Firefly Dx – Detecting Ebola in 20 Minutes


Law enforcement agencies nationwide are hastening to develop and implement Ebola protocols for first responders. The uncertainty surrounding Ebola is adding to the stress LEOs feel for a host of other reasons.

Fox News Business recently aired an interview with PositiveID’s President Lyle Probst and Senior Advisor Tom DiNanno to introduce the successful prototype of the Firefly Dx point-of-need pathogen detection system.

Firefly is a hand-held device that can be programmed to detect a broad band of pathogens, including Ebola. While existing laboratory procedures take four hours to process, PositiveID’s system will provide accurate results in less than 20 minutes using a hand-held device. Add to the standard four-hour lab time protocols for bagging, making safe for transport, and properly delivering the sample.

Originally designed to counter the biological aspect of Chemical, Biological, Nuclear, and Radiological (CBNR) warfare, the system is already suited for tackling virulent strains. The system is highly adaptable and can be programmed to detect an array of biological agents used in weapons of mass destruction. Samples can come in the form of buccal swabs, whole blood, urine, and environmental samples.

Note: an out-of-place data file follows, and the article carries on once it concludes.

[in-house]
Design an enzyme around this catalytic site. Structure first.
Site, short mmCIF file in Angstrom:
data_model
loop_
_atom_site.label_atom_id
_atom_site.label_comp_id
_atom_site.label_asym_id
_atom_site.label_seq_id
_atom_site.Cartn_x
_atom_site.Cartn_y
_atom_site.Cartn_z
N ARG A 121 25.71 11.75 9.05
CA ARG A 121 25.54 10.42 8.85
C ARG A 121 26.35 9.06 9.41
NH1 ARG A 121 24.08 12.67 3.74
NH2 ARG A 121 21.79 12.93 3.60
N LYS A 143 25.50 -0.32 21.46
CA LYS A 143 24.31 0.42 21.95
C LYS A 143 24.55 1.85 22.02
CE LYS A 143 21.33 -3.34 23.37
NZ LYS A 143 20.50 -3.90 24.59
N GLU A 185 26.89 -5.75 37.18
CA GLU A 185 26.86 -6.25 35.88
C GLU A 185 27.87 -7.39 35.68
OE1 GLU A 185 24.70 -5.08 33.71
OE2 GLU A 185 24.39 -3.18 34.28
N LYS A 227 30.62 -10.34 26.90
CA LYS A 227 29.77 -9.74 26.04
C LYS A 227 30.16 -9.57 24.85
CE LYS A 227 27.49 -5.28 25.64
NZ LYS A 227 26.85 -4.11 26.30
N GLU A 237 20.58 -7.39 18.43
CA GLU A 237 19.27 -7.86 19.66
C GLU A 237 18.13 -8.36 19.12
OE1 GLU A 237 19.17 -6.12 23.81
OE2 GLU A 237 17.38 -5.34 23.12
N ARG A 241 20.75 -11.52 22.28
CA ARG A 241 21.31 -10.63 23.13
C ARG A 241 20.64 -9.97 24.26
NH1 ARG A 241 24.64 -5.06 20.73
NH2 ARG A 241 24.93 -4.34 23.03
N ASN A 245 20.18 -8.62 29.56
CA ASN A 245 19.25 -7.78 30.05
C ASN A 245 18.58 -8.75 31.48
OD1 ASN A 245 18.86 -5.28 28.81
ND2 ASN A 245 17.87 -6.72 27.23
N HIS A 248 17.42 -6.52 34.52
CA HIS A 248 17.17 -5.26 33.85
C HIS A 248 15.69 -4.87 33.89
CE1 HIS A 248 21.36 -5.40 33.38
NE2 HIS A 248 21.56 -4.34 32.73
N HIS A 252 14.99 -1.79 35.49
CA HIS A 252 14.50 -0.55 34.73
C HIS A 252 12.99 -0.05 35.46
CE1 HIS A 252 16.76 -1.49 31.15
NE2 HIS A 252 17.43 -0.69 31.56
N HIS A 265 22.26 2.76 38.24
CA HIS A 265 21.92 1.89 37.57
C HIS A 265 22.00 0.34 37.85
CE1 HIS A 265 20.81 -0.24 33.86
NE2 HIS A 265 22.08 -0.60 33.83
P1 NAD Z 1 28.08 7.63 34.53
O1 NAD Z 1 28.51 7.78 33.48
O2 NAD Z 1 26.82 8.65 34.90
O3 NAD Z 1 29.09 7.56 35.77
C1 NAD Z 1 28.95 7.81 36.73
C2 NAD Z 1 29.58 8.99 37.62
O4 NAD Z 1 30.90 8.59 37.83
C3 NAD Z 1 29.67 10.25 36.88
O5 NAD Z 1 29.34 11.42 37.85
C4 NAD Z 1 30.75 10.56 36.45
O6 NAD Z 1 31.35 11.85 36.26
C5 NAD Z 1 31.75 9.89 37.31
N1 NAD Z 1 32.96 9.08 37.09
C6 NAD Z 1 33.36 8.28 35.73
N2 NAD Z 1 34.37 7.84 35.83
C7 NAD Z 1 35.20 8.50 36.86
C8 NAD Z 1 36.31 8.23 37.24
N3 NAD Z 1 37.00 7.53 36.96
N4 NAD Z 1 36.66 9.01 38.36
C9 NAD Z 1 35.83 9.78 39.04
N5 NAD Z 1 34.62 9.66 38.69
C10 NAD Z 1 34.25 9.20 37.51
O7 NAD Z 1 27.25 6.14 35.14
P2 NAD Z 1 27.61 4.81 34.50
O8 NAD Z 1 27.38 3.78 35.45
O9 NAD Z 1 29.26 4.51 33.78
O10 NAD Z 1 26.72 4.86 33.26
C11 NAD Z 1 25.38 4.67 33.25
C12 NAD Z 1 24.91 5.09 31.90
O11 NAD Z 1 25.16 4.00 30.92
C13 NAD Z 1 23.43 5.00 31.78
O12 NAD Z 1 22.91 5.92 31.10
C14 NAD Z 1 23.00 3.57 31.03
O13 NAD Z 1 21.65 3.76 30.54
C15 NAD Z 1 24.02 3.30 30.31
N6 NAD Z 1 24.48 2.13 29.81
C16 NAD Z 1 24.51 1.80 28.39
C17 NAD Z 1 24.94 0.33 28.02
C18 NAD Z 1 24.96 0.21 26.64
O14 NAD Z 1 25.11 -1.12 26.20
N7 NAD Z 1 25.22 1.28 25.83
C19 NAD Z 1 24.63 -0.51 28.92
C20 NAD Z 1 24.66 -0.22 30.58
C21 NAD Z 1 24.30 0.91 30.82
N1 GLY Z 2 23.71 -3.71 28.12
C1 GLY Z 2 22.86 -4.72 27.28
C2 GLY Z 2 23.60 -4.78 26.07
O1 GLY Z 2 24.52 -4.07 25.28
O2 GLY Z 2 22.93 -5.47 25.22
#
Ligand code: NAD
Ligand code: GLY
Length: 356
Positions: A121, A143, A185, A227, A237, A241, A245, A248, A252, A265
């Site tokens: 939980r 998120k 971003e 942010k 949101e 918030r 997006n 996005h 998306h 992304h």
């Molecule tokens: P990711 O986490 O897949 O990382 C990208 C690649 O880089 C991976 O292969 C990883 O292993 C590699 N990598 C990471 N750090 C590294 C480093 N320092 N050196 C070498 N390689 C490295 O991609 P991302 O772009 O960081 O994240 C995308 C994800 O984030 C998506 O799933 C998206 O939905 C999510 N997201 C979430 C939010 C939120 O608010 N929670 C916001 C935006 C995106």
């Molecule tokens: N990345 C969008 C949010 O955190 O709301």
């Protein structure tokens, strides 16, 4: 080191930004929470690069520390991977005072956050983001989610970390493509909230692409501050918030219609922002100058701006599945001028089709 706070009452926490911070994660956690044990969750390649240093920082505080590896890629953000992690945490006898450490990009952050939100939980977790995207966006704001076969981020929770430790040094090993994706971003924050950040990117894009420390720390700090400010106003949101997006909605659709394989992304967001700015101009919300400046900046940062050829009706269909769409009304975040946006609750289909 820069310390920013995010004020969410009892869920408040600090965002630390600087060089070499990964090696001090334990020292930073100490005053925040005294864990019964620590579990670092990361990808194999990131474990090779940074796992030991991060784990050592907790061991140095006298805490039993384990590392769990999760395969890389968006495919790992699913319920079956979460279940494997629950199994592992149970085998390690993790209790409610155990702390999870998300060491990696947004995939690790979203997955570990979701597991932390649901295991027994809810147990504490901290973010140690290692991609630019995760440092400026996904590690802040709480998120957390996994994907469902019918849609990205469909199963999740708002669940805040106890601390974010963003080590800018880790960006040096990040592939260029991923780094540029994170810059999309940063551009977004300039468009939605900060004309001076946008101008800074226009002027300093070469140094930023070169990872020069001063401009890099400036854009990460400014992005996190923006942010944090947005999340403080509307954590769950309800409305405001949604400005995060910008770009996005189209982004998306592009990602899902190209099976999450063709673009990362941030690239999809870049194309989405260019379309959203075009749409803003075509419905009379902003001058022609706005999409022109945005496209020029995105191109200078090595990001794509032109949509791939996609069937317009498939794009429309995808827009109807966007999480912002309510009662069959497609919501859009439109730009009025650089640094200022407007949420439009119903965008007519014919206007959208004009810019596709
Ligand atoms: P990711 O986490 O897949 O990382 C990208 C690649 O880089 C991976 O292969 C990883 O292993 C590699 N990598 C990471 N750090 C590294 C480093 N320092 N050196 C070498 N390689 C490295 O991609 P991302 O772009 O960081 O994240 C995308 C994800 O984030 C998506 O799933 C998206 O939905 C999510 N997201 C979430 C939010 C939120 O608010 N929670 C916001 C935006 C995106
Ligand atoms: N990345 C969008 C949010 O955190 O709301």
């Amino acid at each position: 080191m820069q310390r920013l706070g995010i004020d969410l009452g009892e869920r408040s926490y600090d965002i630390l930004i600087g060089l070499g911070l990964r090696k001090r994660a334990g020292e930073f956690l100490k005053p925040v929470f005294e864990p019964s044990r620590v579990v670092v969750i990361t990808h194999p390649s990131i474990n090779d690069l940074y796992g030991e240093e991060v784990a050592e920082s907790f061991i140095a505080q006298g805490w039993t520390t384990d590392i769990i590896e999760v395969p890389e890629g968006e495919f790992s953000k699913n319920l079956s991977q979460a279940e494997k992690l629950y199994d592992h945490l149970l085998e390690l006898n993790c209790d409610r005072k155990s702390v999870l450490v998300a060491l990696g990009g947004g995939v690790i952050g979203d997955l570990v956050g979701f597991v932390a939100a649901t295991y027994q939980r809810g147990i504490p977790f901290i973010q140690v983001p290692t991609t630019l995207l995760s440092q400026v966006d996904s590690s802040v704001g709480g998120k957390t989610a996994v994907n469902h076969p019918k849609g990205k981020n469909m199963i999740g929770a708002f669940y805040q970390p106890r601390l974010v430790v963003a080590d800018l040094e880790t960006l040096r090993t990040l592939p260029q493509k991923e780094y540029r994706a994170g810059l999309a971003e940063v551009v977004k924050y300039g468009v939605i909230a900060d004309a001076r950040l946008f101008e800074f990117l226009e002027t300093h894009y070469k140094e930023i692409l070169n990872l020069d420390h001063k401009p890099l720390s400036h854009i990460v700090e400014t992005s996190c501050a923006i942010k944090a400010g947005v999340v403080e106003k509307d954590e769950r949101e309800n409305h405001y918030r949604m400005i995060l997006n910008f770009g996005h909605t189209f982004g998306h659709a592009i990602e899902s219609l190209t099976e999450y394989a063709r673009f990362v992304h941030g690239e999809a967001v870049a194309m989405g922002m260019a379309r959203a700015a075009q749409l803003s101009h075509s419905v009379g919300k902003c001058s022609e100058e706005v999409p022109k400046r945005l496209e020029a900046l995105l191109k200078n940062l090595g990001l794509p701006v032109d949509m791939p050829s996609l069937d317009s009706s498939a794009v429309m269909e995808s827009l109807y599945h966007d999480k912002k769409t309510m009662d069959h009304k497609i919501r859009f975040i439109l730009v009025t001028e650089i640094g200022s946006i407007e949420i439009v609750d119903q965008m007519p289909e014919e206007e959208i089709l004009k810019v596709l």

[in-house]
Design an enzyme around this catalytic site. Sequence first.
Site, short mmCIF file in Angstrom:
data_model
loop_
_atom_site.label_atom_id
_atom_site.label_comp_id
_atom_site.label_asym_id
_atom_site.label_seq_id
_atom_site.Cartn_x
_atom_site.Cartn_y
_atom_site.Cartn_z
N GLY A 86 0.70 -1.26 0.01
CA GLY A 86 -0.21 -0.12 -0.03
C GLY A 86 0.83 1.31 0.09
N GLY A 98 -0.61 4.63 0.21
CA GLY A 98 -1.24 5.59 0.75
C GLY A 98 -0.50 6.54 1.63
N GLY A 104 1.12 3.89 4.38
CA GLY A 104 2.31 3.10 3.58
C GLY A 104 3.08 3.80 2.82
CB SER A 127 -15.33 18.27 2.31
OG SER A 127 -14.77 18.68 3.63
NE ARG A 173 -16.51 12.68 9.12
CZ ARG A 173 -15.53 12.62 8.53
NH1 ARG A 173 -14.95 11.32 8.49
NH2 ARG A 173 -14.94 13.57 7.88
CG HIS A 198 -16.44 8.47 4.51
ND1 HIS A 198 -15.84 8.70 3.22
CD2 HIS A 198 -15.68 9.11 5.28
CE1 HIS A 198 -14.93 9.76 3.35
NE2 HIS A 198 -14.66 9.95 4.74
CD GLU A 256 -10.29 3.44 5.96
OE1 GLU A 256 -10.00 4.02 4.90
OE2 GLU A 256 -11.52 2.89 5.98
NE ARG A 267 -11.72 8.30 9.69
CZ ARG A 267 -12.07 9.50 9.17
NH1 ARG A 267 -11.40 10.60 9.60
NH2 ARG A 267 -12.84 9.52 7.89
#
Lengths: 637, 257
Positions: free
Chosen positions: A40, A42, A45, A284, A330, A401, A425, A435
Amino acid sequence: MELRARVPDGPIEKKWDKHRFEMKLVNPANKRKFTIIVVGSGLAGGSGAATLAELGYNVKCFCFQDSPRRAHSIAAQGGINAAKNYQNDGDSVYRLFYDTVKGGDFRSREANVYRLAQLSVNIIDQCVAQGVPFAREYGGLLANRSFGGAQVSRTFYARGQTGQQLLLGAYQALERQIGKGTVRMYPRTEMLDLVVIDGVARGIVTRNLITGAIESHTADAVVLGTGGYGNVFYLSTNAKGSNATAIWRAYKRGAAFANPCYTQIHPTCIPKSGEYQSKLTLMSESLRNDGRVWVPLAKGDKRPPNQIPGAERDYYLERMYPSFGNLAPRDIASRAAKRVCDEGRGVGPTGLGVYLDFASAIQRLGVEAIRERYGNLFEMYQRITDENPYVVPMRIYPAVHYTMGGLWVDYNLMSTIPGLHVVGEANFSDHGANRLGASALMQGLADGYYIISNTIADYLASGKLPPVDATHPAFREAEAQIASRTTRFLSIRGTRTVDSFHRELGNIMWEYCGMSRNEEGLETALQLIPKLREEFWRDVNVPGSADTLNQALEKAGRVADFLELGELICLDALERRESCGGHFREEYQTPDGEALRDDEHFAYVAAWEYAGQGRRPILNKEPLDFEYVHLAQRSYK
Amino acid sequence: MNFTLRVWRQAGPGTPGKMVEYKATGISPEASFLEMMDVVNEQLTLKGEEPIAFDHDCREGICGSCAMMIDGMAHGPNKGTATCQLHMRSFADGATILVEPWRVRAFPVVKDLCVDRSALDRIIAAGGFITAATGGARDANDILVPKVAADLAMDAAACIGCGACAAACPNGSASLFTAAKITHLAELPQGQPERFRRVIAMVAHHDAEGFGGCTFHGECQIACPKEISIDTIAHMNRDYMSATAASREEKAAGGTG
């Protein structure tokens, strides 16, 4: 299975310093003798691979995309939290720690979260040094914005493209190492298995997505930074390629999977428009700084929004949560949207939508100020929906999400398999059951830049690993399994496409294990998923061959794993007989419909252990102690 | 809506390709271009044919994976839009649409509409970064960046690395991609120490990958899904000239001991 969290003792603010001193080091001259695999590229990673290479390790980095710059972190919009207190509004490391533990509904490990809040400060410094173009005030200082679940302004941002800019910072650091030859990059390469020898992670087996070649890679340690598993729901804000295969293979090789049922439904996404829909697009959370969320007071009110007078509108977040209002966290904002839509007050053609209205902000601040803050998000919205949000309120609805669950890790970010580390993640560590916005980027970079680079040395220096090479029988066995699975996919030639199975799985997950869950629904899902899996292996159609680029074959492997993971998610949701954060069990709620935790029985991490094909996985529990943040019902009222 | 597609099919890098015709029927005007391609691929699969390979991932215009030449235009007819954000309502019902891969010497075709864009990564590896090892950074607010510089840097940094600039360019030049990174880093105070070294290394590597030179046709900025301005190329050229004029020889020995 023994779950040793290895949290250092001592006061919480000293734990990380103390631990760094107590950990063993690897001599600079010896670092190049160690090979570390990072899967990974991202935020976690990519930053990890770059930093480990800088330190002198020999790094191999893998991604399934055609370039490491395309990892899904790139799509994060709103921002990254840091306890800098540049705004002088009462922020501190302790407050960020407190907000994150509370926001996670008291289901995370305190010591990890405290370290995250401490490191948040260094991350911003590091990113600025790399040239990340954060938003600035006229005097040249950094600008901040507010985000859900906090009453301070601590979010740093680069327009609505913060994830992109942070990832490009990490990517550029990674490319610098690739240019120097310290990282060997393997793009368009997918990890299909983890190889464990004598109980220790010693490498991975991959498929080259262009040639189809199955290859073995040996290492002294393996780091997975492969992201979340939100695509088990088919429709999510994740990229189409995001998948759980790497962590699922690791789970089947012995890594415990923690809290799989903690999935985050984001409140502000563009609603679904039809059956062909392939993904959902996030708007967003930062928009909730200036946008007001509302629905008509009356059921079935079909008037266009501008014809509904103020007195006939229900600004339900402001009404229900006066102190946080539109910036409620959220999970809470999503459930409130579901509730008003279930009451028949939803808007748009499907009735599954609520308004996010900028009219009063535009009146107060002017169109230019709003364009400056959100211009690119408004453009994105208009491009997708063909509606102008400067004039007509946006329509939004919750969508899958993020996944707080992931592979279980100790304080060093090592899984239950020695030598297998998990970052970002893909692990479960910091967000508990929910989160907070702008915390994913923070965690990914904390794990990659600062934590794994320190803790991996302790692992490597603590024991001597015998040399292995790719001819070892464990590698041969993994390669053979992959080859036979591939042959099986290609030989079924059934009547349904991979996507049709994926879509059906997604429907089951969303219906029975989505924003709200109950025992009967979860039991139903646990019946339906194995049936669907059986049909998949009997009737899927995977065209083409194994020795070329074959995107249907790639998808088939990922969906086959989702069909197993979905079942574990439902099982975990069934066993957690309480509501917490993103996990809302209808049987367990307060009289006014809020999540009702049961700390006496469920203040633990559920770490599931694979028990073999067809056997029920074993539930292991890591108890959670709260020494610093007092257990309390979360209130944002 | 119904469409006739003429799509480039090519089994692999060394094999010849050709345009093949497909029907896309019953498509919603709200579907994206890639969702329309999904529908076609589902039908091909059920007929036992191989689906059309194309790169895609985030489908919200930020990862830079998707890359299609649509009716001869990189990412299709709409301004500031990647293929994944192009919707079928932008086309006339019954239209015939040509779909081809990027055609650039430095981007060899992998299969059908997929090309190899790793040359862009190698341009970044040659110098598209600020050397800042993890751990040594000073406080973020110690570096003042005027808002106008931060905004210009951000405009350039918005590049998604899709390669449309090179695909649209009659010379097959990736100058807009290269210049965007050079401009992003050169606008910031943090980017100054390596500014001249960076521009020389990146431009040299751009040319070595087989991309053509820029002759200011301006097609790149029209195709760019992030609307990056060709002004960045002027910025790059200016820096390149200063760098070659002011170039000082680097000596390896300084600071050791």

Additionally, the system can be used for PCR assay. While law enforcement and other first responders may not be interested in diagnosing cancer and endocrine diseases, PCR can be used to detect radiation sickness.

The procedure is no more invasive that the buccal swab currently used for DNA testing of sex offenders. Considering the existing health dangers to law enforcement personnel such as HIV, MRSA, and antibiotic-resistant TB, acquisition of such units may be a prudent step for criminal justice agencies. This new technology should be available for public distribution within the next year.

According to the interview on Fox Business, the target cost of the hand-held system is $5 – 10k, an affordable cost for a host of agencies.

Bruce Bremer, MBA is LET’s technology contributor. Bruce retired from the Submarine Service after 21 years of in-depth experience with complex electronic technology. Lately, he is developing a corporate learning management system (Moodle LMS), curricula, and technical documentation for lighter-than-air tethered surveillance craft (aerostats). He has an extensive background in fleet modernization and military analysis. He teaches electronics and alternative energy at a Virginia college. Besides his MBA, Bruce earned a Bachelor of Science degree in computer networking. He has been volunteering in public safety for many years.

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